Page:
• Corruption within the judiciaryThere are issues of corruption in the courts. The judiciary has failed to find a mechanism to deal with allegations of corruption within its ranks. Every justice in the court needs to be above suspicion.

Challenges:

  • Caution needs to be taken so that the anti-corruption measures taken do not undermine the independence of the judiciary. It has to be done in a way that does not make the judiciary vulnerable to implicit blackmail and leads to undermining its independence. Reforms that undermine independence in the name of accountability has to be avoided.
  • At stake, now, is the reputation and credibility of an institution that has earned itself the title of India’s most trusted, a protector of citizens’ freedoms, an upholder of the constitutional poise. What is more, this public display of divisions within comes at a time when the court appears at its most vulnerable without. In the last three years or so, the independence of the judiciary has often seemed besieged in the face of a strong political executive that has sought to use the electoral mandate to subdue dissent and circumscribe other institutions, including in the crucial matter of the appointment of judges.
  • The court’s loss of external credibility combined with internal anarchy does not bode well for Indian democracy. The court has itself become a reflection of the worst rot afflecting Indian institutions. The institutional crisis that the Supreme Court has now created will create the conditions under which it will be easier to legitimise diluting judicial independence.

Way forward:

At the CJI’s door lie two key questions: How to address potential conflict of interest issues and how to assert the primacy of his position in a manner that strengthens rather than divides the institution. Between a chief justice who does not recognise conflict of interest, and justices who think the only recourse is public grandstanding, the judiciary will not be able to survive.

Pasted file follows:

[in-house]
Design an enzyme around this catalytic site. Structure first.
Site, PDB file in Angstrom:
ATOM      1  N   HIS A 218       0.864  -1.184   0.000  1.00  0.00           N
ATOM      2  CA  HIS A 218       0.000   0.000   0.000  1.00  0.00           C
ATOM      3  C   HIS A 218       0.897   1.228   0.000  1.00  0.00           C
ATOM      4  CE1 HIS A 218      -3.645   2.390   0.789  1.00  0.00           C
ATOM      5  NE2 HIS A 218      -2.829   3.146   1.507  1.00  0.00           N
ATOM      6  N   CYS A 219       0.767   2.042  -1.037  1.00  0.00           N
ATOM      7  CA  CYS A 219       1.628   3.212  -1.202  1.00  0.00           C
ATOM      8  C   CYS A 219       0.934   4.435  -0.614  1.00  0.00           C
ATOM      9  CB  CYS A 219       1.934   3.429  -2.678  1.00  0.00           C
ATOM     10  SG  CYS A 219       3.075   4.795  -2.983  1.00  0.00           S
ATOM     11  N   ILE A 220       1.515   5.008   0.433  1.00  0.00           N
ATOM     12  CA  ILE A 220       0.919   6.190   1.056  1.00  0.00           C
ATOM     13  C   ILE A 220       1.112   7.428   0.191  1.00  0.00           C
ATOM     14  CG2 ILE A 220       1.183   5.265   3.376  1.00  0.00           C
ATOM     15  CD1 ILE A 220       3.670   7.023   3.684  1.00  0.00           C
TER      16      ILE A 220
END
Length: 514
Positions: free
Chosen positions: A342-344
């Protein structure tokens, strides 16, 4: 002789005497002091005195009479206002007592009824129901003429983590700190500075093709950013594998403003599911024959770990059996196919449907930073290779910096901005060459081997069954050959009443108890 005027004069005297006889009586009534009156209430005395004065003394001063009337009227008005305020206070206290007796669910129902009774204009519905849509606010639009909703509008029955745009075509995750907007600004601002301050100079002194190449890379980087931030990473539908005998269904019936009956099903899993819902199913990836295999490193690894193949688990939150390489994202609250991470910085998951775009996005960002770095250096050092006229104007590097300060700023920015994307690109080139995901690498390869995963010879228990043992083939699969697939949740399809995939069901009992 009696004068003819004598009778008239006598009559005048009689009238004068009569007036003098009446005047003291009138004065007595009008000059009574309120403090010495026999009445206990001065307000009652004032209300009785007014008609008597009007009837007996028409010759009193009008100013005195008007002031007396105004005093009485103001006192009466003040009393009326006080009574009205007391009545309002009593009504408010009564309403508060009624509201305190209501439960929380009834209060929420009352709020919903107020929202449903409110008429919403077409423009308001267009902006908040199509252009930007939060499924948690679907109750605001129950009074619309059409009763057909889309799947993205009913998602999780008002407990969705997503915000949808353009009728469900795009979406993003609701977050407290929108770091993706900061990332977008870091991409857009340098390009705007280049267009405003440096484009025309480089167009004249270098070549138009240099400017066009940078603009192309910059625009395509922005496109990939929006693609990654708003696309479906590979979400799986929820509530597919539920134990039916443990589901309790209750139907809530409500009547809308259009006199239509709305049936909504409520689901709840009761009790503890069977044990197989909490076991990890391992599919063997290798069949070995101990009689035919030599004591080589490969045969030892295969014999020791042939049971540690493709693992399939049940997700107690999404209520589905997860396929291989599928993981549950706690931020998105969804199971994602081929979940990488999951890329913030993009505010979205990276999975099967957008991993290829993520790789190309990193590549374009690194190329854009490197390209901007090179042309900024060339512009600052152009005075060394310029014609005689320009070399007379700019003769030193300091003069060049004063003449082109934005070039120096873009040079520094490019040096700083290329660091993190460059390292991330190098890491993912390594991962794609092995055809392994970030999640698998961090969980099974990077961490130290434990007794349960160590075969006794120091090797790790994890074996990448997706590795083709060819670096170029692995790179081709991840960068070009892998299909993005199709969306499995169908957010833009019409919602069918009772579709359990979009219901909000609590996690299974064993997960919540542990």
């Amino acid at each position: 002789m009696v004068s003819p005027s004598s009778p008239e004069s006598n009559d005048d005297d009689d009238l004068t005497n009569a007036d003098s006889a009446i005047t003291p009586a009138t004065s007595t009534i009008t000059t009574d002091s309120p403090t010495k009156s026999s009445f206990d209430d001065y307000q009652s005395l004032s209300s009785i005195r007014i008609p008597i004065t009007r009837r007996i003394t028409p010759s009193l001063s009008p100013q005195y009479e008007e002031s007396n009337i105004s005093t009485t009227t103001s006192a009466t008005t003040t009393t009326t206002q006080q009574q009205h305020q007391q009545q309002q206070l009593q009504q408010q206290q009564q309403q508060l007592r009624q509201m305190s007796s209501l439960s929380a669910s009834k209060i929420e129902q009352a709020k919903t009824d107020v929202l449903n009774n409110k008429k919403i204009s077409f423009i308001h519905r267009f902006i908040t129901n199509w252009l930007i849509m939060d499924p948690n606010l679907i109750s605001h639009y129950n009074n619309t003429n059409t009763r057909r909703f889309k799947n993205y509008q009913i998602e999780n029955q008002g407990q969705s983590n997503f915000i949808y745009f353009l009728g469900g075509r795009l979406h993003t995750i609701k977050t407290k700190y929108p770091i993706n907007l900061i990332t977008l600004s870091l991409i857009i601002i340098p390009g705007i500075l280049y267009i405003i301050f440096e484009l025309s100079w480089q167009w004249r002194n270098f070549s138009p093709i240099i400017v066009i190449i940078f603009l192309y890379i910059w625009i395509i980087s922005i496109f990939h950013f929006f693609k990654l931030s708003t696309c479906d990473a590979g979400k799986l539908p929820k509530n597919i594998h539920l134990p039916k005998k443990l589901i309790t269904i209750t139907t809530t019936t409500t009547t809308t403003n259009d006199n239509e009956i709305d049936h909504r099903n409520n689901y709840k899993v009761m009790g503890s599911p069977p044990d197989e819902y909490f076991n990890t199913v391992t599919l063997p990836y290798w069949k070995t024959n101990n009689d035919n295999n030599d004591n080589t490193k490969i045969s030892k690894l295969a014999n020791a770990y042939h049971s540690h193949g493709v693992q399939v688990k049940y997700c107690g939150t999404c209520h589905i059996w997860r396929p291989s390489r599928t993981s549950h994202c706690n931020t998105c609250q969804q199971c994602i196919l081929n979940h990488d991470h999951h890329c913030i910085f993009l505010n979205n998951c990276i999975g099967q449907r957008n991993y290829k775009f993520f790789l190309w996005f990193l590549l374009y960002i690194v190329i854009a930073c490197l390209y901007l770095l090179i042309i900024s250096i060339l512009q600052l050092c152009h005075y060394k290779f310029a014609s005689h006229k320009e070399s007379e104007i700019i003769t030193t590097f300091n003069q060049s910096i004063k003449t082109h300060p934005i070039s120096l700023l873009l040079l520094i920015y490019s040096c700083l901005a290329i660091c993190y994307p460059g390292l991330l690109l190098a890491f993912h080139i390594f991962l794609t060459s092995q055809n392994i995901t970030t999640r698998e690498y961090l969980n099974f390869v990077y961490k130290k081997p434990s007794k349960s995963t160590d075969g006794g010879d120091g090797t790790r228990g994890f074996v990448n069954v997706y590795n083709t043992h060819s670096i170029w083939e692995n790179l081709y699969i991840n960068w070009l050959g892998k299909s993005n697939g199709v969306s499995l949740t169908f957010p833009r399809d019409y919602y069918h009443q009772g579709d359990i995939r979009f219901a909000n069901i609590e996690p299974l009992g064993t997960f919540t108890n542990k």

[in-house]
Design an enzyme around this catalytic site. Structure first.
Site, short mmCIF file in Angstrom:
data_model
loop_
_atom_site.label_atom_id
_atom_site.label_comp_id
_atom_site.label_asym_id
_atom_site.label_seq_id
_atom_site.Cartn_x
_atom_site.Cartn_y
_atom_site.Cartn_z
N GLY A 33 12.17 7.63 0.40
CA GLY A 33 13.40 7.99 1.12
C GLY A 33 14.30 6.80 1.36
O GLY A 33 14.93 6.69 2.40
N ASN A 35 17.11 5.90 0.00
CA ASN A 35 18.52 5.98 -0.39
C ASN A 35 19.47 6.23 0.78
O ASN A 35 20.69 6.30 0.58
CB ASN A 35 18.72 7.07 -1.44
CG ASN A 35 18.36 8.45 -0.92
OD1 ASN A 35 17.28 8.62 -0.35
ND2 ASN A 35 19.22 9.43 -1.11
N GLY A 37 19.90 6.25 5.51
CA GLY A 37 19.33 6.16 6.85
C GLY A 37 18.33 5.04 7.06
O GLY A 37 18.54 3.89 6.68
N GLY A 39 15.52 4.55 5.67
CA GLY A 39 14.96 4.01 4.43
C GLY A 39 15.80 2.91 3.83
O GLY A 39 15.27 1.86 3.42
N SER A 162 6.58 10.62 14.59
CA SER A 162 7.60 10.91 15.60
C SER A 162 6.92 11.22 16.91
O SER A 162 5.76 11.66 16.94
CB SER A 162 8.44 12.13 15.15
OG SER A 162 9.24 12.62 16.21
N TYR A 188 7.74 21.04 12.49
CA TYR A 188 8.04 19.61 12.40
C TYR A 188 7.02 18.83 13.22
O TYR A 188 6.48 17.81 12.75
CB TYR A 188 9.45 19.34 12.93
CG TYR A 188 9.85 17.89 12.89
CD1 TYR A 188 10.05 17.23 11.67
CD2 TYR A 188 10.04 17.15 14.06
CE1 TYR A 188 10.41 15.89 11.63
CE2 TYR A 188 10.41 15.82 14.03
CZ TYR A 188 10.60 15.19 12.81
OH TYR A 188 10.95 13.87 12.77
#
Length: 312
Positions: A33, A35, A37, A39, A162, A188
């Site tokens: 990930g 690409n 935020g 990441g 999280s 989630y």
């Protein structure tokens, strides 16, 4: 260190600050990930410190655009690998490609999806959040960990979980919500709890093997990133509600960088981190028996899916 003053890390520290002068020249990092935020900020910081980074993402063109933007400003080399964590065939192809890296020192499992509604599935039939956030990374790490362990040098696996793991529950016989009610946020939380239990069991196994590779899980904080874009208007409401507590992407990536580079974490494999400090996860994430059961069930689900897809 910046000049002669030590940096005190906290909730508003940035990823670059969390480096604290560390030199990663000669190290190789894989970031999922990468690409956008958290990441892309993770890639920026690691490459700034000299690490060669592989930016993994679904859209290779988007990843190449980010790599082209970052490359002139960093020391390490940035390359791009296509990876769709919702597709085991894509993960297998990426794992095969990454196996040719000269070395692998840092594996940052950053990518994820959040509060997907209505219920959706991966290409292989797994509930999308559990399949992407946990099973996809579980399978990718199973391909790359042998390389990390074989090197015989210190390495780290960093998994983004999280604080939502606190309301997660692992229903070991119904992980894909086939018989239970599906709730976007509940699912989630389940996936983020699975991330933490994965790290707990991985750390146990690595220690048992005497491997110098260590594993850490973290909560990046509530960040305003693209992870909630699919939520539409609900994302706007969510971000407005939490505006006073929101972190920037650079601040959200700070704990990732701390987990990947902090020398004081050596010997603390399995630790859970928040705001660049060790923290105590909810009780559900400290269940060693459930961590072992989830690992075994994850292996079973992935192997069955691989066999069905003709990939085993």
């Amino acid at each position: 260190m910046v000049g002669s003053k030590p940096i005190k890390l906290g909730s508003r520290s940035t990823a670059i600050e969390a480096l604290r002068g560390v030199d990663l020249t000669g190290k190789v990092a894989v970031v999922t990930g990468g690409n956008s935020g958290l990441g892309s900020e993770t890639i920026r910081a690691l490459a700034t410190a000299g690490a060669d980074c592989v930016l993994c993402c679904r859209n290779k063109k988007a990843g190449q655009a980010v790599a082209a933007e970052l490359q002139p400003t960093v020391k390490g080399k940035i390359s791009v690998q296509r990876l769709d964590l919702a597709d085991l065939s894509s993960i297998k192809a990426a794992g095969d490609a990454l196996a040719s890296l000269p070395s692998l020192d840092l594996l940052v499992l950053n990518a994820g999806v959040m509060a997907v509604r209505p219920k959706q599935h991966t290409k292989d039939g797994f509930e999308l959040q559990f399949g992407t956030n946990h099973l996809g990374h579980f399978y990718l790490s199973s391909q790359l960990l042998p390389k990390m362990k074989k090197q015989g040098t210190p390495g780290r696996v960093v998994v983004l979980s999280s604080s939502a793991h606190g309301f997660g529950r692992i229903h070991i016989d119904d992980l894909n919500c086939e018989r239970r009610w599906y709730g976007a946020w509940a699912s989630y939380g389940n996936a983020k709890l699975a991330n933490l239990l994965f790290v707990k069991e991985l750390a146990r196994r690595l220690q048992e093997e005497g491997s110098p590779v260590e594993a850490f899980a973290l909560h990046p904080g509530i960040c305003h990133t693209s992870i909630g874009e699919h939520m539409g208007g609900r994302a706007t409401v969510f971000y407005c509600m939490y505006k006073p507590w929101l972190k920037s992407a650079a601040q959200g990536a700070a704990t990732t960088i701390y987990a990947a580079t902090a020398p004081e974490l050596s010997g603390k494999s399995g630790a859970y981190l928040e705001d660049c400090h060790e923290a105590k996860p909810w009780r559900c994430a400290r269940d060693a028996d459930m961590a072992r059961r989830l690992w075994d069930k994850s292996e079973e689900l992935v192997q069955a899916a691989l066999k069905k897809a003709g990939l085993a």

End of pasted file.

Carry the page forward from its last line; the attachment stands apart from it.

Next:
Conclusion:

Judicial corruption is an important issue but the judiciary cannot address it by turning on itself. If its senior-most judges give the impression of using a case to settle issues with each other, the institution will only be prone to be attacked by the executive. Most of all, it will be failing in its duty to live up to the trust and faith that the people of India have come to vest in it.

Connecting the d0ts:

  • A conflict emerged amongst the senior-most judges of the Supreme Court. Discuss the issues associated with the conflict and how such instances hurt the credibility of the highest judiciary.

NATIONAL

TOPIC : General Studies 3:

  • Infrastructure: Energy
  • Indian Economy and issues relating to planning, mobilization of resources, growth, development and employment.

Power Sector reforms: Rationalizing coal cess

Background:

India is a power-starved country.
With annual per capita consumption of about 1,100Kwh, India lags behind most of the other developing countries.
In countries such as Iran and South Africa, this exceeds 2,500 and 4,000, respectively.
The global average stands at around 2,500.
There is sizeable power capacity in the country, yet there are large pockets of unmet power demand. Systemic and regulatory shortcomings have been responsible for this irony.

Supply side issues: